28.07.2005

Tips: Addressing Indoor Environmental Concerns During Remodeling

A Stevenspublishing website offers a list of good work practices that you can
use to help minimize or prevent indoor air and other indoor environmental
problems.

Correct the underlying cause of any problem.

For example, if you are repairing a damaged paint surface, look to see what
might have caused the damage, e.g., moisture from the inside (such as
condensation), or from the outside (as with roof leaks), rubbing or impact of
painted surfaces, or structural damage.

Assume Paint in Homes Built may Contain Lead.

Unless a lead-based paint inspection shows otherwise, you should treat paint in
homes built before 1978 as if contains lead. Exposing anyone to lead dust,
especially children, is harmful.

Do Not Disturb Asbestos.

If a project requires disturbing areas that contain asbestos, use an asbestos
professional or contact your health department for advice before proceeding.



Avoid Exposure to Mold or Bacteria.

Potential health effects and symptoms associated with mold exposure include
allergic reactions, asthma, and other respiratory complaints. The key to mold
control is moisture control. It is important to dry damaged areas and items
within 24-48 hours to prevent mold growth.

Avoid Creating Dust (and Contain Dust That Can't Be Avoided).

Many remodeling activities, from demolition to removing wood casings, have the
potential to create dust. Use low-dust work practices (for example, mist
surfaces with water before sanding or scraping). Cover the area under work with
a durable protective sheeting (e.g., a plastic or poly tarp). Use barriers to
keep dust contained to immediate work area.

Provide Ventilation.

Exhaust ventilation (e.g., a fan blowing out) from the work area will help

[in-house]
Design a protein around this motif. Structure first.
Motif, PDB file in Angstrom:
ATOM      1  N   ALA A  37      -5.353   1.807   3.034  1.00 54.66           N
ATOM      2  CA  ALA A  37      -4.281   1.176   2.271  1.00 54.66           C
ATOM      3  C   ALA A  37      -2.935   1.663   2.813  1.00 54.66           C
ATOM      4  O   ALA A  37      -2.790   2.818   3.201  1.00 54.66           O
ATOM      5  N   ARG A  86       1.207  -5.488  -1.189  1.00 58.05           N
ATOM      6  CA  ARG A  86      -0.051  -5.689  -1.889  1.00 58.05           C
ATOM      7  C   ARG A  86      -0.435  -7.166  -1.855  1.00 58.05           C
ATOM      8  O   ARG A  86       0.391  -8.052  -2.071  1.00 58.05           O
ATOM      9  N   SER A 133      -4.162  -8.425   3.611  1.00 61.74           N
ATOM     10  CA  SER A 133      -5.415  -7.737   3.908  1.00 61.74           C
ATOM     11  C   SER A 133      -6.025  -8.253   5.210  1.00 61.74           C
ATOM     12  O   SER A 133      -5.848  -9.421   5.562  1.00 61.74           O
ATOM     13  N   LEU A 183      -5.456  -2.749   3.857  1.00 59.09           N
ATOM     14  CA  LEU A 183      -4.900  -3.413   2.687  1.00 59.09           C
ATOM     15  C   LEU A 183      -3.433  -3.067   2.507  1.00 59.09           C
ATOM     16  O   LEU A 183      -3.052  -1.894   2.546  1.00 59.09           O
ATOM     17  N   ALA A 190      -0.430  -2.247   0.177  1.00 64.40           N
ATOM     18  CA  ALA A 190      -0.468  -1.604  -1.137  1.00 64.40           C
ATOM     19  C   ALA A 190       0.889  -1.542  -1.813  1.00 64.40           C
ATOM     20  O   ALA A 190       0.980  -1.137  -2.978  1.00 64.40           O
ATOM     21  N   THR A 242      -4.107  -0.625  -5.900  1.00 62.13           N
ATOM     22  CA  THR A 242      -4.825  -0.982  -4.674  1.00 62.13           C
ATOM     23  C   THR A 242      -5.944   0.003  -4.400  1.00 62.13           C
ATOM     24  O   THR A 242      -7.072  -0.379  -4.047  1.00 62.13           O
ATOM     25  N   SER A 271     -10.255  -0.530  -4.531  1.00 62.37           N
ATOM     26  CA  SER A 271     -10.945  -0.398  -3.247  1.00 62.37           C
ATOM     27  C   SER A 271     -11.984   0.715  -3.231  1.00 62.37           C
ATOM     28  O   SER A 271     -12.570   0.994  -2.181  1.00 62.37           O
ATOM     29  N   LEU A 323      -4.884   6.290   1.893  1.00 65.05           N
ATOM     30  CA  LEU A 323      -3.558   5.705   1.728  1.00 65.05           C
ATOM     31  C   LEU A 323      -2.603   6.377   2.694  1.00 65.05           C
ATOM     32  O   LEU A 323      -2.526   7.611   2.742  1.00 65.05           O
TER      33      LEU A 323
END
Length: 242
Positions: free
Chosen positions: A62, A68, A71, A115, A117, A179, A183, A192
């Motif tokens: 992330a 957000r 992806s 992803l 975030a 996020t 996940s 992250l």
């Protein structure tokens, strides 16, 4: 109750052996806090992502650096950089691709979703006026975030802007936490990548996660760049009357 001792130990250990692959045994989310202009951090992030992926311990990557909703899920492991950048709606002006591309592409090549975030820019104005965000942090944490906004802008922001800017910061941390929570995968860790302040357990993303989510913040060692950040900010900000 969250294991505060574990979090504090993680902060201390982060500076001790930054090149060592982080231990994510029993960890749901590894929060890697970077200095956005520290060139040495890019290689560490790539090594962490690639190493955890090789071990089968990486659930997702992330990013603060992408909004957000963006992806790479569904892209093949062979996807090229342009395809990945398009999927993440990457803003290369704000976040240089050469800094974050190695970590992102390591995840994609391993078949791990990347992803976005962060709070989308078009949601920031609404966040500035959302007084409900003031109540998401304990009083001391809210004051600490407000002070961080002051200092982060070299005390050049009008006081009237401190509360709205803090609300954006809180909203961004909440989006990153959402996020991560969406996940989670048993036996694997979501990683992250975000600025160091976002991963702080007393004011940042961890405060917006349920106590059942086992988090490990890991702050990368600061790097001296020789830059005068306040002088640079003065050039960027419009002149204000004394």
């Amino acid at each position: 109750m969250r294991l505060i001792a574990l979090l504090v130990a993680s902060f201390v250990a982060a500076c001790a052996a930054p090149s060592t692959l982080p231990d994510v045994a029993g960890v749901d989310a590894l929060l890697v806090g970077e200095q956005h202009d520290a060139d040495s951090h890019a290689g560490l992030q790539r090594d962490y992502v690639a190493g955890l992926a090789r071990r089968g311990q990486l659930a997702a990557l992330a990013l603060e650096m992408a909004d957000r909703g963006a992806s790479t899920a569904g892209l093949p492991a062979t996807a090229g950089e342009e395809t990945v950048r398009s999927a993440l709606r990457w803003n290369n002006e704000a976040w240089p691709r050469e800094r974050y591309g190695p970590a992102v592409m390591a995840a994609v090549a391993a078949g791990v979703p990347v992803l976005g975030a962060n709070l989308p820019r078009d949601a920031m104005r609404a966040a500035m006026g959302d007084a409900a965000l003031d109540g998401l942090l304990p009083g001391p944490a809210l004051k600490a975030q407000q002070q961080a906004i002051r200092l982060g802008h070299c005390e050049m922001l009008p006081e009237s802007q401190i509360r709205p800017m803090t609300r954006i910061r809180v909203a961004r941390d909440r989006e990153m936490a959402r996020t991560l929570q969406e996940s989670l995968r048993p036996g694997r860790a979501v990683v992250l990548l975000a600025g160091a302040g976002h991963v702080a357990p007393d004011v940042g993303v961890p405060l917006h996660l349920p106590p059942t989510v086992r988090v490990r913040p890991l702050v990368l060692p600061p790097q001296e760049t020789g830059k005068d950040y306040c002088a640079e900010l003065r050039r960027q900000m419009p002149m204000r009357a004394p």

remove dust and other pollutants and, by creating a pressure barrier, will help
keep pollutants from spreading to other parts.

Protect Occupants from Exposure to Odors and Pollutants.

Keep occupants away from the work area. Clean up the work site before they
return. (Workers should wear proper protection, keep clean, and avoid taking
dust home with them!) Use barriers (e.g., taped plastic sheeting over doors and
other openings) and local exhaust ventilation to prevent pollutants from
spreading through the home. When possible, allow materials containing volatile
organic compounds to off-gas outside before bringing them in. Likewise, when
possible, apply finishes such as paint and sealers to building materials
outside, and bring them in after they are dry.

Use Appropriate Storage and Disposal Practices for Paints, Solvents, Cleanup
Materials and Asbestos-Containing Materials.

Seal containers carefully after use. Keep paint containers in storage areas,
preferably equipped with exhaust ventilation, but not near heating,
ventilation, or air-conditioning equipment rooms. Use an appropriate waste
disposal method to dispose of any paints containing lead or mercury. Follow
appropriate regulations for disposal of asbestos-containing materials.

Follow Manufacturers' Instructions.

As a minimum, follow the manufacturers' recommendations regarding proper use,
ventilation requirements, and other health and safety guidelines for all
products and materials, including paints, sealants, adhesives and appliances.

Material Safety Data Sheets (MSDS) -- which are intended to provide both
workers and emergency personnel with the proper procedures for handling or
working with a variety of substances -- are available from manufacturers. MSDSs
include information such as toxicity, health effects, first aid, reactivity,
storage, disposal, protective equipment and spill/leak procedures. These are of
particular use if a spill or other accident occurs. MSDSs are also a possible
starting point for evaluating a manufacturer's health and safety claims.

Further Information


AplusA-online.de - Source: Stevenspublishing